- Columbia University Press
Electrified Voices: How the Telephone, Phonograph, and Radio Shaped Modern Japan, 1868-1945
- Kerim Yasar
- Columbia University Press
- 8.9 X 6 X 0.9 inches
- 1 pounds
- Social Science > Media Studies
A far-reaching cultural history of the telegraph, telephone, phonograph, radio, and early sound film in Japan, Electrified Voices shows how these technologies reshaped the production of culture. Audio technologies upended the status of the written word as the only source of prestige while revivifying traditional forms of orality. The ability to reproduce and transmit sound, freeing it from the constraints of time and space, had profound consequences on late nineteenth-century language reform; twentieth-century literary, musical, and cinematic practices; the rise of militarism and nationalism in the 1920s and 30s; and the transition to the postwar period inaugurated by Emperor Hirohito's declaration of unconditional surrender to Allied forces--a declaration that was recorded on a gramophone record and broadcast throughout the defeated Japanese empire. The first cultural history in English of auditory technologies in modern Japan, Electrified Voices enriches our understanding of Japanese modernity and offers a major contribution to sound studies and global media history.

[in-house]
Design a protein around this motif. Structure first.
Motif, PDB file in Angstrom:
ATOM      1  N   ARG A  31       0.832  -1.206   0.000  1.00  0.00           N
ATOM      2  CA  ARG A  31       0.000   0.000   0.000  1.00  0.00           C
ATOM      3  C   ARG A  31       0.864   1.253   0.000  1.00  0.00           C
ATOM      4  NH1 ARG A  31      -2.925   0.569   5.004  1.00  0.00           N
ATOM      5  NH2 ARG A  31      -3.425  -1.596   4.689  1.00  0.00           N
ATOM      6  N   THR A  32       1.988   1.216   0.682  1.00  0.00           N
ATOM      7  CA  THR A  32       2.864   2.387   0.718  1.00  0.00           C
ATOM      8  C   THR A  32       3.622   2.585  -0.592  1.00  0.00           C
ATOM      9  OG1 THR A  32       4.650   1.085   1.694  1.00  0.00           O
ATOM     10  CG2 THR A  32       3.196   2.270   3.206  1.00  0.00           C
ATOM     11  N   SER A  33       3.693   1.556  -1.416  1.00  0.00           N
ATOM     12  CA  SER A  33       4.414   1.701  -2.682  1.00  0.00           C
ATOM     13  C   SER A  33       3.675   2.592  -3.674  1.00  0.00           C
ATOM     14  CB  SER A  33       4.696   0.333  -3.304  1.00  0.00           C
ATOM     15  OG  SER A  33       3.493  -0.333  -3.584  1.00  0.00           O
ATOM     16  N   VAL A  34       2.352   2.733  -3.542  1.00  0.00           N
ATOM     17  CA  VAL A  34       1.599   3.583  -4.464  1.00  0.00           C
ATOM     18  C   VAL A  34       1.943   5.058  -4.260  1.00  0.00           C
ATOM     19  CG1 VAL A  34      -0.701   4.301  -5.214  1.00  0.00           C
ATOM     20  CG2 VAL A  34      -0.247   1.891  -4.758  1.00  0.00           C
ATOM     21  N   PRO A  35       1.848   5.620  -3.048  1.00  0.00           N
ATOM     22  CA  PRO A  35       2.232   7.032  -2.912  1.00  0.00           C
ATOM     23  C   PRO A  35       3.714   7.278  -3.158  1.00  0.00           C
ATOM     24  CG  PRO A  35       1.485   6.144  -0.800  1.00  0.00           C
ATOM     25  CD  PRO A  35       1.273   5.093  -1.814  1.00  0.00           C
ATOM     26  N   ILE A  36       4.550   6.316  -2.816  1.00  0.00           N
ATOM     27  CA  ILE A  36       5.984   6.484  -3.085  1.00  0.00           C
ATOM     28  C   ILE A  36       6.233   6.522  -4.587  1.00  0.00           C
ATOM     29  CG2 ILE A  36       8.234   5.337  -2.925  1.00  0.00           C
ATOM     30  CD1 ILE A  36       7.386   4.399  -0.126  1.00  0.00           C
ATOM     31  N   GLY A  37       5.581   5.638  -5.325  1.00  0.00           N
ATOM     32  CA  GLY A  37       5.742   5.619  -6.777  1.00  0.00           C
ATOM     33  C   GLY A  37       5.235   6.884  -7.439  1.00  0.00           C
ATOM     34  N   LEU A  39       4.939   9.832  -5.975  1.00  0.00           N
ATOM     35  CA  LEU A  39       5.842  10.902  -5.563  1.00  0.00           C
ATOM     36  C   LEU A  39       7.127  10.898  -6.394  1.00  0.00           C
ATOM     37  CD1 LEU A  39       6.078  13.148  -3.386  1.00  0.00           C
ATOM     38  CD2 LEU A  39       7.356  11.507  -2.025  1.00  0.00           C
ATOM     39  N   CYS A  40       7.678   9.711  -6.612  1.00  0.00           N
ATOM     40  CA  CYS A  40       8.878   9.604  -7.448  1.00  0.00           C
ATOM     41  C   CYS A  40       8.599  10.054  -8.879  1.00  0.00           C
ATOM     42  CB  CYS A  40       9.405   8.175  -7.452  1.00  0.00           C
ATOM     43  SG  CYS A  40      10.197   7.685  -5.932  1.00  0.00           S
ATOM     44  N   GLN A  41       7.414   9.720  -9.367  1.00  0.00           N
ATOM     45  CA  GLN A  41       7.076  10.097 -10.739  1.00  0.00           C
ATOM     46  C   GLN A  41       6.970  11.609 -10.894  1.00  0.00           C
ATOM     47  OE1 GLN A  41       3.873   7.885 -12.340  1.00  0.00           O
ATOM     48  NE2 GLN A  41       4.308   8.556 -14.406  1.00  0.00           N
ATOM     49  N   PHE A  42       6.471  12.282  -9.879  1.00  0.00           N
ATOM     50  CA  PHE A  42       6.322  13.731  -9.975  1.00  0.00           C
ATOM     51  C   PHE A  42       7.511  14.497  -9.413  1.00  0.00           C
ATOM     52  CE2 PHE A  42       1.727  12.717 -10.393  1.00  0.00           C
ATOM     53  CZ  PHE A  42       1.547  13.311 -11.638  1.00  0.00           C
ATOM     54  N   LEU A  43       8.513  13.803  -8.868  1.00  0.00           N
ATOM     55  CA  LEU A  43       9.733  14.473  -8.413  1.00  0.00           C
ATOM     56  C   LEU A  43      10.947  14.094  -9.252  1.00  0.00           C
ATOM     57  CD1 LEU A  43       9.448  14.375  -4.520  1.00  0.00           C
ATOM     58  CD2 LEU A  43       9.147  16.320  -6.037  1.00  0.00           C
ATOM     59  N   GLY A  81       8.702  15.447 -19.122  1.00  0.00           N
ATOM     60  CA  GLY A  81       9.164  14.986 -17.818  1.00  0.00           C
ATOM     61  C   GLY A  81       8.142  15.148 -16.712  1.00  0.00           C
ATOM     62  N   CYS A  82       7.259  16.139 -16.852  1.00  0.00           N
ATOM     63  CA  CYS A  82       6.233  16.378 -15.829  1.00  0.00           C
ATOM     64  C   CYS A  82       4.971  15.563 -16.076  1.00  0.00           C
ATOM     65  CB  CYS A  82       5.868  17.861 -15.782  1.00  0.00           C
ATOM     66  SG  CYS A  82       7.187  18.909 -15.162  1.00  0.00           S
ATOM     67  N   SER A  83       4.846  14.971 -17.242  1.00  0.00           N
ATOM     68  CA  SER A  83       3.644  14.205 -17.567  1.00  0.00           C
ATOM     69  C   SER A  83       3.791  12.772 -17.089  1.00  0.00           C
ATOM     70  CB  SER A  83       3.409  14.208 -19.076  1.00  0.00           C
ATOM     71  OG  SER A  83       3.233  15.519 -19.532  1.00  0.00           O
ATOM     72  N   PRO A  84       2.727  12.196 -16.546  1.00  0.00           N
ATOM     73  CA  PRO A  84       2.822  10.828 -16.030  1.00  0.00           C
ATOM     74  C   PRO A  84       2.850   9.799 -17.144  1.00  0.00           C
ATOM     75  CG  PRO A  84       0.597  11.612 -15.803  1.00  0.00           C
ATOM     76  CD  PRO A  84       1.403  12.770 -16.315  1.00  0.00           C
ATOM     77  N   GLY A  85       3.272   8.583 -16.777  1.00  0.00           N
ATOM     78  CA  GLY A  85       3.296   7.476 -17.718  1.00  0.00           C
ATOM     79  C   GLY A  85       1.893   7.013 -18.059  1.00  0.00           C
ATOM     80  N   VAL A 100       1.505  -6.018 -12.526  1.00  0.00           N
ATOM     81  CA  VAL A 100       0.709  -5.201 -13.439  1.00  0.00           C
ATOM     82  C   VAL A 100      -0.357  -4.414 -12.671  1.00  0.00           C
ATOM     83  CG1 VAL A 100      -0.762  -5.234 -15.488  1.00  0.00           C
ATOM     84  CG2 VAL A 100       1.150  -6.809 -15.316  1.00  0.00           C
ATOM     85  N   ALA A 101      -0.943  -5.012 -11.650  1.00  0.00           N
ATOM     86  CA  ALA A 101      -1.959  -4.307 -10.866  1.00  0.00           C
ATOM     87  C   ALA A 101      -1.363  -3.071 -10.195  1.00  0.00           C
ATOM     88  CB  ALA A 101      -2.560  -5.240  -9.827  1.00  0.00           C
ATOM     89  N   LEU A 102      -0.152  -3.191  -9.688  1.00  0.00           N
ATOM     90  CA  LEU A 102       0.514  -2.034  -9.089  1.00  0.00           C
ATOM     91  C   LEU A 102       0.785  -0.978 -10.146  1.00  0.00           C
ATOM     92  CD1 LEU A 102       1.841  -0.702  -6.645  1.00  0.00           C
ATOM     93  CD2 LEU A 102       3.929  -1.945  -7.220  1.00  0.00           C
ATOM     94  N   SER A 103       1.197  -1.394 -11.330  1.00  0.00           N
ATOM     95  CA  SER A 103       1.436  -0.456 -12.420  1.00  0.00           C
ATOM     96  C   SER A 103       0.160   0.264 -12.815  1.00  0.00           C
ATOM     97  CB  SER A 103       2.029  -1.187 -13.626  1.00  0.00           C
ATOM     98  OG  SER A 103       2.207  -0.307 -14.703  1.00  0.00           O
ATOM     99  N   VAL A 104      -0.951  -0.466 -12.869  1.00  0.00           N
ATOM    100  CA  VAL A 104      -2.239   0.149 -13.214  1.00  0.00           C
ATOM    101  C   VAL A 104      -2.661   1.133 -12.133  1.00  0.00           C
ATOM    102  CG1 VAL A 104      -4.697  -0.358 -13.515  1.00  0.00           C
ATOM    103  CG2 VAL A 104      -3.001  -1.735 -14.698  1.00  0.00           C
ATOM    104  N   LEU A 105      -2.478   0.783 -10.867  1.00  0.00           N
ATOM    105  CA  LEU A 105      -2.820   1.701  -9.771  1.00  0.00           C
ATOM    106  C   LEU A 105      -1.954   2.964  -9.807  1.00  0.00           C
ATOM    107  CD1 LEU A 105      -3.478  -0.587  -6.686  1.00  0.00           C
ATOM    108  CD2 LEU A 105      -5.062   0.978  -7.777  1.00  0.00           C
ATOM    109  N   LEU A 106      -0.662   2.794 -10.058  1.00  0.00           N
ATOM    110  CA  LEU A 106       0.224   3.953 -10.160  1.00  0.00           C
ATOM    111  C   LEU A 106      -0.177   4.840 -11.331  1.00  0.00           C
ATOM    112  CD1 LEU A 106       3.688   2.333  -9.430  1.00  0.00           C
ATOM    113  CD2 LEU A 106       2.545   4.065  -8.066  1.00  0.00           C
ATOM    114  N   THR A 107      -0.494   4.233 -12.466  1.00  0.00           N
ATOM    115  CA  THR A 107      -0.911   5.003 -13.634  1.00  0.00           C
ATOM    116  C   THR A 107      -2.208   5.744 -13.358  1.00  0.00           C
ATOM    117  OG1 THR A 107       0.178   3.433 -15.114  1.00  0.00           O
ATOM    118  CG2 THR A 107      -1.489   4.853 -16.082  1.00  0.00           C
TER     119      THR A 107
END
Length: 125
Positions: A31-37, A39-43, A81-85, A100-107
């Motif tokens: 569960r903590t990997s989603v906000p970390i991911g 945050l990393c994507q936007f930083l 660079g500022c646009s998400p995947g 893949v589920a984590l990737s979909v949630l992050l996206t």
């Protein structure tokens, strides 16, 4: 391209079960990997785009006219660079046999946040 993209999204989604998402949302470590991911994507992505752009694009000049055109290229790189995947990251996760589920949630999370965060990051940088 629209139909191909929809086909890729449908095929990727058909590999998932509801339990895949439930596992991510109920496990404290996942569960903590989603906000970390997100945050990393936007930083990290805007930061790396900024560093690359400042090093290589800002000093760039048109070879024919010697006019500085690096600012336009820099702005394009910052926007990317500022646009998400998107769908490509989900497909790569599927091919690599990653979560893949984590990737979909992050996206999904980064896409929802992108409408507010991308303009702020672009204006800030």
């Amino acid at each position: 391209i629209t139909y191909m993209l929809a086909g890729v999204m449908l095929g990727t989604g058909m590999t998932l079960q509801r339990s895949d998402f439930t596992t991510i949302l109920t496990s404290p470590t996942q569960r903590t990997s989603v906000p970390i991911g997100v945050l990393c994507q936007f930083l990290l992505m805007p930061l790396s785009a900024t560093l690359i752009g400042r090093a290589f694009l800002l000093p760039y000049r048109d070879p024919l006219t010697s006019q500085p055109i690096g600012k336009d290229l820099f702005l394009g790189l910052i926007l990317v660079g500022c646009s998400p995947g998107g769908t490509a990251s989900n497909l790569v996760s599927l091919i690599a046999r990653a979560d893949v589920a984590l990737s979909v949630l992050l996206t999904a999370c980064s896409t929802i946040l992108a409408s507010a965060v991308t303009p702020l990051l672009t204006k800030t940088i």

I specialize in modern Japanese literature and cinema, media history, and translation studies. My first book, Electrified Voices: How the Telephone, Phonograph, and Radio Shaped Modern Japan, 1868-1945 (Columbia University Press, 2018), examines the roles played by the telegraph, telephone, phonograph, radio, and sound film in the discursive, aesthetic, and ideological practices of Japan from 1868 to 1945.
My second project, tentatively entitled Gestures in Light: The Body in Japanese Cinema, is a critical and theoretical meditation on physical expressivity and representations of the body in Japanese film from the silent era to the early twenty-first century; at the same time, it offers a concise history of the development of film acting as a performance tradition in Japan. In addition to this research,
I am active as a translator in a variety of genres and media, from contemporary novels to pre-modern poetry to the subtitles for more than a hundred feature films in the Criterion Collection/Janus Films library, including classic works by directors such as Kurosawa Akira, Ozu Yasujiro, and Oshima Nagisa. Prior to coming to USC, I taught at Ohio State, Notre Dame, and Boston University, and was a postdoctoral fellow in the Society of Fellows in the Liberal Arts at Princeton University.
- M.Phil. East Asian Languages and Cultures, Columbia University
Ph.D. East Asian Languages and Cultures, Columbia University
B.A. Music, Wesleyan University
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